Carpenter's square redirects here. For the plant, see Scrophularia marilandica.''
The steel square is a tool that carpenters and other tradesmen use. Today the steel square is more commonly referred to as the framing square. It consists of a large arm and a smaller one, which meet at an angle of 90 degrees (a right angle). It can also be made of metals like aluminum, which is light and resistant to rust.
The wider arm, two inches wide, is called the blade; the narrower arm, one and a half inches wide, the tongue. The square has many uses, including laying out common rafters, hip rafters and stairs. It has a diagonal scale, board foot scale and an octagonal scale. On the newer framing squares there are degree conversions for different pitches and fractional equivalents.
Carpenters squares are very like steel squares.
Use in stair framing
Stairs usually consist of three components. They are the stringer, the tread and the riser. The stringer is the structural member that carries the load of the staircase, the tread is the horizontal part that is stepped on, and the riser board is the vertical part which runs the width of the structure. There are many types of stairs: open, closed, fully housed, winding, and so on, to mention a few of them.
Laying out a staircase requires rudimentary math. There are numerous building codes to which staircases must conform. In an open area the designer can incorporate a more desirable staircase. In a confined area this becomes more challenging. In most staircases there is one more rise than there are treads.
- The rise (vertical measurement), and the run (horizontal measurement). Note that the stringer will rest partially on the horizontal surface.
- This is a two-by-twelve piece of lumber. A framing square is placed on the lumber so that the desired rise and tread marks meet the edge of the board. The outline of the square is traced. The square is slid up the board until the tread is placed on the mark and the process is repeated.
- The board is cut along the dotted lines, and the top plumb cut and the bottom level cut are traced by holding the square on the opposite side.
- The stringer in this example has two pieces of tread stock. This allows for a slight overhang. There is also a space in between the boards. The bottom of the stringer must be cut to the thickness of the tread. This step is called dropping the stringer. After one stringer is cut this piece becomes the pattern that is traced onto the remaining stringers.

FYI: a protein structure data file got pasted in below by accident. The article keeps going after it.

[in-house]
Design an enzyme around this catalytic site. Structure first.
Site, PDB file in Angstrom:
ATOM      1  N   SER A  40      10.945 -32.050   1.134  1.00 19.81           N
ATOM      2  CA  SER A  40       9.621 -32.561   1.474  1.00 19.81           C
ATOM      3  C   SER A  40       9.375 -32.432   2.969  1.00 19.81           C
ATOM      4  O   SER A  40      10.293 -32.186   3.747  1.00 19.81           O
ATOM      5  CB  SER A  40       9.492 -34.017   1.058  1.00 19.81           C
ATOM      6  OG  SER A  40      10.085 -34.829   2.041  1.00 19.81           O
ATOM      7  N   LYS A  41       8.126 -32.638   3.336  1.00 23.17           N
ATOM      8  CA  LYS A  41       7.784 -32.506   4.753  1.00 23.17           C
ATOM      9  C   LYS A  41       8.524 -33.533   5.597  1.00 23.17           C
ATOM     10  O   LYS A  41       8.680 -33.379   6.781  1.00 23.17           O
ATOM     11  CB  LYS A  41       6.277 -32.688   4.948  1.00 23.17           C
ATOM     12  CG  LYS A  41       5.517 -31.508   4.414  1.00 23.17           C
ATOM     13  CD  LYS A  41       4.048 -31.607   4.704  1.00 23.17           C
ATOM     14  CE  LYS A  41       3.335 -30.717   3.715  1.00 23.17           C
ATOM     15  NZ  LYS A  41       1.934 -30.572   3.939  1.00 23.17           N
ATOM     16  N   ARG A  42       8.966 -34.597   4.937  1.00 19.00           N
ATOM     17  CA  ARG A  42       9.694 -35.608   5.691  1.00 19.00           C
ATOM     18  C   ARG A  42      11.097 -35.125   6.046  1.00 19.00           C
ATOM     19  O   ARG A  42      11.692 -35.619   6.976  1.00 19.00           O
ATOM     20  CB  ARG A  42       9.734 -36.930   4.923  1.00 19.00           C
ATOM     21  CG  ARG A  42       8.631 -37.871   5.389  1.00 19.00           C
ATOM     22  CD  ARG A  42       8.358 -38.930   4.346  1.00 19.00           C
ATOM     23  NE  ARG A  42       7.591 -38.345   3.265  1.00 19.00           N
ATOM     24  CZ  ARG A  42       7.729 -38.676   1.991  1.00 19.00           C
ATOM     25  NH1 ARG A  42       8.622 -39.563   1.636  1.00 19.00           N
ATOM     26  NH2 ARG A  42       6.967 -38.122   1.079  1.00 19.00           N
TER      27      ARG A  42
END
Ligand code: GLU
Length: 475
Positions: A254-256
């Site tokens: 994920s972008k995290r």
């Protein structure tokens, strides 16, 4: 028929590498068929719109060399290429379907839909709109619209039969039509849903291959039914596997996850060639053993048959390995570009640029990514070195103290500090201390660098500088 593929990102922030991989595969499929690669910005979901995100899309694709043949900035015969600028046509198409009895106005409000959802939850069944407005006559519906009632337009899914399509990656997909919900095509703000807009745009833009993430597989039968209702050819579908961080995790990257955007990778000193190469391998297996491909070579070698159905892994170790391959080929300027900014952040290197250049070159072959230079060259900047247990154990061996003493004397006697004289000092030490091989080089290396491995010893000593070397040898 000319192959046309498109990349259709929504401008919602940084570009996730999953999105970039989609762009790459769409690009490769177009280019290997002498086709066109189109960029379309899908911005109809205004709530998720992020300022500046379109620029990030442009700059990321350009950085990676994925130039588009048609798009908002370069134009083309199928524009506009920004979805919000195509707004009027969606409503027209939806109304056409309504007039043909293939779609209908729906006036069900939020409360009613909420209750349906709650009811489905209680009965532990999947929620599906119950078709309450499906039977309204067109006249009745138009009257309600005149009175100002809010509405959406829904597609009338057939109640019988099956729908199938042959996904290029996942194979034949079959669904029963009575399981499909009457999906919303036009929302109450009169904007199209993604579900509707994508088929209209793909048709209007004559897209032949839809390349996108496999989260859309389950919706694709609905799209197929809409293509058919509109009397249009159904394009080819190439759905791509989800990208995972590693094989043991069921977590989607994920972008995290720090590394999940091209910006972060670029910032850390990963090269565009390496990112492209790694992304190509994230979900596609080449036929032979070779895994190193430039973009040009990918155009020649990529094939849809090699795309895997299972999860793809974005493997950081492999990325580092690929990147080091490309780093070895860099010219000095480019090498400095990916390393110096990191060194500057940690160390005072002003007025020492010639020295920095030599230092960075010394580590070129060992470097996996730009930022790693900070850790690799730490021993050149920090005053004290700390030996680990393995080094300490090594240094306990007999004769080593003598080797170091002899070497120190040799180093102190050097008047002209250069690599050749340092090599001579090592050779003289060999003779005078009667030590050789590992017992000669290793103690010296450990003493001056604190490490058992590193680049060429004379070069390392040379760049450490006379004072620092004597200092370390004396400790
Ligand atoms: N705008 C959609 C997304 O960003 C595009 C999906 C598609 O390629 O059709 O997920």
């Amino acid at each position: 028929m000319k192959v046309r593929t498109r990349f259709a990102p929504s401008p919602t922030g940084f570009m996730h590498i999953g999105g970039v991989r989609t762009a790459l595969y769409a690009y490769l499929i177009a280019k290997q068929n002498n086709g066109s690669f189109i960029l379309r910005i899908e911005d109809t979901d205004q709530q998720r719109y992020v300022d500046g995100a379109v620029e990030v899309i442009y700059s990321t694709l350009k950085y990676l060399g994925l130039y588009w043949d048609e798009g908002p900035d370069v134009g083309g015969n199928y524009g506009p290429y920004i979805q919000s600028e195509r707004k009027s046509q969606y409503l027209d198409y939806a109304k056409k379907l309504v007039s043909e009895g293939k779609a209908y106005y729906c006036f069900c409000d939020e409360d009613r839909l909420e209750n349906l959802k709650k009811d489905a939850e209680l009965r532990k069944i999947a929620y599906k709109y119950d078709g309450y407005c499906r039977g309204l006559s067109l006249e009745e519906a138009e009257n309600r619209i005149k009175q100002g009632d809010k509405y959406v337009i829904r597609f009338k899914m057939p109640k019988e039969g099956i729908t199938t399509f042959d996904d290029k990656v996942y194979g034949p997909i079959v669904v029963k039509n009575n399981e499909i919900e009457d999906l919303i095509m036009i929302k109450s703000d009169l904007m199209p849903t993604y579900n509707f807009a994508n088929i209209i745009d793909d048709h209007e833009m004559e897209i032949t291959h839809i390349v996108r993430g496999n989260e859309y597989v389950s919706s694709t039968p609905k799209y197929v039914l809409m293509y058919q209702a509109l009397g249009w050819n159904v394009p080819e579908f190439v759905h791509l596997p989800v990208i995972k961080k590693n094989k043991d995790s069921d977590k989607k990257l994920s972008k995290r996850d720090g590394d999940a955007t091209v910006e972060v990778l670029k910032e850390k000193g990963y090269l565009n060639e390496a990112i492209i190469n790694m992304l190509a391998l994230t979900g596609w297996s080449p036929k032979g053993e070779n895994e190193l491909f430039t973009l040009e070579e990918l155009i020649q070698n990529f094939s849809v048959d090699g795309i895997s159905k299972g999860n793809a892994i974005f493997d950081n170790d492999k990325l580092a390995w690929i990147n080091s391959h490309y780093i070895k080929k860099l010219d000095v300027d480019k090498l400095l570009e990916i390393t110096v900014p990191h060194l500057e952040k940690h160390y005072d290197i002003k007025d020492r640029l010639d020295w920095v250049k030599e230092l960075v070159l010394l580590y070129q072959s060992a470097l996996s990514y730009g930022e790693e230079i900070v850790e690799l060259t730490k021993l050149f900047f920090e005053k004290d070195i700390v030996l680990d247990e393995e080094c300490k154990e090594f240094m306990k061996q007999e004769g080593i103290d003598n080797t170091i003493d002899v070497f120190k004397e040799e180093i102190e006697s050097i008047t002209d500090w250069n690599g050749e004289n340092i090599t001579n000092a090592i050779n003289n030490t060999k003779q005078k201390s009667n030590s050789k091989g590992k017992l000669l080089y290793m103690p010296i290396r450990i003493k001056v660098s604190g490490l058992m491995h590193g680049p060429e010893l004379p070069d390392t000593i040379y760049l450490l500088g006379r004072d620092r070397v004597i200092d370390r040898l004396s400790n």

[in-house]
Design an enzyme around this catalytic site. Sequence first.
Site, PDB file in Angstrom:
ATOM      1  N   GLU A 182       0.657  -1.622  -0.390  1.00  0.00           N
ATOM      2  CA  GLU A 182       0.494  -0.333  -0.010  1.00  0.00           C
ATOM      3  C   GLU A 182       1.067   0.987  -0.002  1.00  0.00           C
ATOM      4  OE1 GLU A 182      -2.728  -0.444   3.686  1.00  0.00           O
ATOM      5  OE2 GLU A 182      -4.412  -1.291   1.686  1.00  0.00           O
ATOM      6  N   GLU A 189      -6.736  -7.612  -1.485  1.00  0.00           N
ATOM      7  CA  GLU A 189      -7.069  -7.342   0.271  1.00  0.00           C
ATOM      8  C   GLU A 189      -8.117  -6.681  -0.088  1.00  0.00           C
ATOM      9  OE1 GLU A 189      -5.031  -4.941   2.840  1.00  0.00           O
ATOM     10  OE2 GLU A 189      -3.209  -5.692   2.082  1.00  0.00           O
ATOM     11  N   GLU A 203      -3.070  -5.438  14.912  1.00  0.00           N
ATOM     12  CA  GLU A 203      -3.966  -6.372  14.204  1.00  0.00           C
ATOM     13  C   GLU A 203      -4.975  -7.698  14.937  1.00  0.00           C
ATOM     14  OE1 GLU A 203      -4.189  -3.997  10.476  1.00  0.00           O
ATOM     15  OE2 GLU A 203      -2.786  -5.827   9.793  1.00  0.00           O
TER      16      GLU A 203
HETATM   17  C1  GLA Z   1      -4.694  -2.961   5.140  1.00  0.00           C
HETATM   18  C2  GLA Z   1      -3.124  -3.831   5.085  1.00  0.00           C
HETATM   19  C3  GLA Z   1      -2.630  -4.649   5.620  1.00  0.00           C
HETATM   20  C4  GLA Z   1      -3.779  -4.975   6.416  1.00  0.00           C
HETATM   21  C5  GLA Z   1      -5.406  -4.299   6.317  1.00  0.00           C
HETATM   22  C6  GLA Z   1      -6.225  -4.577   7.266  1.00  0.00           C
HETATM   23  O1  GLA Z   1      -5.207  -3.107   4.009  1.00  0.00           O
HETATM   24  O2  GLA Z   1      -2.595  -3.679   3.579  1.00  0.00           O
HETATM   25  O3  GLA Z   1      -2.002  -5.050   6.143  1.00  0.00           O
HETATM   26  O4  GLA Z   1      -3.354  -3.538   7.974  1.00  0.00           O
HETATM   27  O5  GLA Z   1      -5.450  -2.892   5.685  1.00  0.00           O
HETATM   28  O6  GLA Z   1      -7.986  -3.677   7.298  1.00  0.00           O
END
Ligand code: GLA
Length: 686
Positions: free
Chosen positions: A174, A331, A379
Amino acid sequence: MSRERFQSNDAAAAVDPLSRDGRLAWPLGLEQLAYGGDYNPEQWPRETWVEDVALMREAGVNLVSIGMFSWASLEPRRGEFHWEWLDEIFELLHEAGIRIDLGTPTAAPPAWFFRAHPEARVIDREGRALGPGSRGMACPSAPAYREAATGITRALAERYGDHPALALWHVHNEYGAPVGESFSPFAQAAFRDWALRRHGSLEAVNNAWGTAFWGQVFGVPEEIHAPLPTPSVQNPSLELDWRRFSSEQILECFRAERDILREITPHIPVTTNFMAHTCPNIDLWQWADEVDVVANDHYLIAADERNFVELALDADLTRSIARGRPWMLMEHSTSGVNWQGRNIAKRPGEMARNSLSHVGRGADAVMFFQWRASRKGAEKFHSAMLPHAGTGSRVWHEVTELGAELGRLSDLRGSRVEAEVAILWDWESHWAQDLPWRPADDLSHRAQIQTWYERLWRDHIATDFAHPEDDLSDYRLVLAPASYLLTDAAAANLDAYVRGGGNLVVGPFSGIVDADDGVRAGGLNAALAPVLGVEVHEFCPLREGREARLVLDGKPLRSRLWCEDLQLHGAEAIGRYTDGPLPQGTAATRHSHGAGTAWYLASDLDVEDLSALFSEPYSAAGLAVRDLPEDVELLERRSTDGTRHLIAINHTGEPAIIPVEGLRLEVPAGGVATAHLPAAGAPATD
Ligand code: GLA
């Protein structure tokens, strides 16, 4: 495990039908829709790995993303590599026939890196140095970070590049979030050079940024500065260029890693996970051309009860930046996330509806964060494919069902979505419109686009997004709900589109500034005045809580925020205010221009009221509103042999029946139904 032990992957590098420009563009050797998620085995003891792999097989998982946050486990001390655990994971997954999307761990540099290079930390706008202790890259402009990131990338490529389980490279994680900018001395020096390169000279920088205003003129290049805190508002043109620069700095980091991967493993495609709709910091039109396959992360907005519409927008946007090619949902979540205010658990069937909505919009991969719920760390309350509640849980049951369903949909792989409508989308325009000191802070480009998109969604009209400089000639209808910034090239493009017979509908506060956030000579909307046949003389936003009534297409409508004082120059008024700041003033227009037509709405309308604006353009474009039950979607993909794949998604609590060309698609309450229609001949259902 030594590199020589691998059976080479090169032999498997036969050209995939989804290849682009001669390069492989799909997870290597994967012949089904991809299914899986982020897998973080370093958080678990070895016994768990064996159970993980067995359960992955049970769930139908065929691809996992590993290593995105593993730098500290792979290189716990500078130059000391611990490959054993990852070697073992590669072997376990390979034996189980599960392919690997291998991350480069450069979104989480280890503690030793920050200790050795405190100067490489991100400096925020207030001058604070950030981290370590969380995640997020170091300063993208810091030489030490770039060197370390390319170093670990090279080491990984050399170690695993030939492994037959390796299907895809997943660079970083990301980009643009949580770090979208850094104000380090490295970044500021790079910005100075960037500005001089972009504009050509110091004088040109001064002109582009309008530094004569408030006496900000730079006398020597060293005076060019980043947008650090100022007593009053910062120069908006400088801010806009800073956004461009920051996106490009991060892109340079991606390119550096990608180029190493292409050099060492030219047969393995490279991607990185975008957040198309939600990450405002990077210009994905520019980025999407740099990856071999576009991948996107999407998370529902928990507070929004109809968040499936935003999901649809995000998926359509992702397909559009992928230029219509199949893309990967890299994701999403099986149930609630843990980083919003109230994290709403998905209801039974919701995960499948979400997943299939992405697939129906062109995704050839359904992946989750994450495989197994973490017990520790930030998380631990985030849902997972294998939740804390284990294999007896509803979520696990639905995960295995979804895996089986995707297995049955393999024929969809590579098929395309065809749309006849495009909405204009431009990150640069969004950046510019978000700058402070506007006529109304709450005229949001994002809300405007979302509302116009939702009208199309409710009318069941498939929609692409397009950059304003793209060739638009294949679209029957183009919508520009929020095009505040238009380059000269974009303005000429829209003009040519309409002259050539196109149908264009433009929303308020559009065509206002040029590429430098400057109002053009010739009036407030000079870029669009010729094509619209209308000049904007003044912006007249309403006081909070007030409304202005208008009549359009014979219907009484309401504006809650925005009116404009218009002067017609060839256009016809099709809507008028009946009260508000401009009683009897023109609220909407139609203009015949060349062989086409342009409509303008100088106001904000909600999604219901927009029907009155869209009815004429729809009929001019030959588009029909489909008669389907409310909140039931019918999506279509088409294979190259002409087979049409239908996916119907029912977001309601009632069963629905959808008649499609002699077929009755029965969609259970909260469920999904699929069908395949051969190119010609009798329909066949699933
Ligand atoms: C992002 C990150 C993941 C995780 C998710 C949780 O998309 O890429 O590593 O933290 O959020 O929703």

Use in roof framing
There is a table of numbers on the face side of the steel square; this is called the rafter table
. The rafter table allows the carpenter to make quick calculations based on the Pythagorean theorem
. The table is organized by columns that correspond to various slopes
of the roof. Each column describes a different roof inclination (pitch
) and contains the following information .
- Common rafter per foot of run The common rafter connects the peak of a roof (the ridge) to the base of a roof (the plate). This number gives the length (hypotenuse) of the common rafter per twelve units of horizontal distance (run).
- Hip or valley rafter per foot of run The hip or valley rafter also connects the ridge to the plate, but lies at a 45-degree angle to the common rafter. This number gives the length of the hip or valley rafter per seventeen units of run.
- Difference in lengths jacks The jack rafters lie in the same plane as the common rafter but connect the top plate (the wall) or ridge board to the hip or valley rafter respectively. Since the hip or valley rafter meets the ridge board and the common rafter at angles of 45 degrees, the jack rafters will have varying lengths when they intersect the hip or valley. Depending on the spacing of the rafters, their lengths will vary by a constant factor—this number is the common difference.
- This angle can be cut on the fly by aligning this given number on the blade of the steel square and the twelve-inch mark on the tongue, and drawing a line along the tongue.
- Cutting hip and valley criple rafters are all cut in a similar way.
Use of the octagon scale
Use of the Diagonal scale
, a square
or set square
is a guide for establishing right angles (ninety-degree angles), usually made of metal and in the shape of a right triangle
- Siegele,H.H, The Steel Square, Sterling Publishing Co., 1981, isbn= 0-8069-8854-1
- Ulrey,Harry F,Carpenters and Builders Library, No.3, Theodore Audel & Co., 1972
- Schuttner,Scott, Basic Stairbuilding,The Taunton Press, 1990, isbn= 0-942391-44-6
- Spence, William P,Constructing Staircases Balustrades & Landings, Sterling Publishing Co.,Inc., 2000
- Gochnour,Chris, Fine Woodworking, 11 Essential Measuring and Woodworking Tools, , p. 75 The Taunton Press, No. 182, February 2006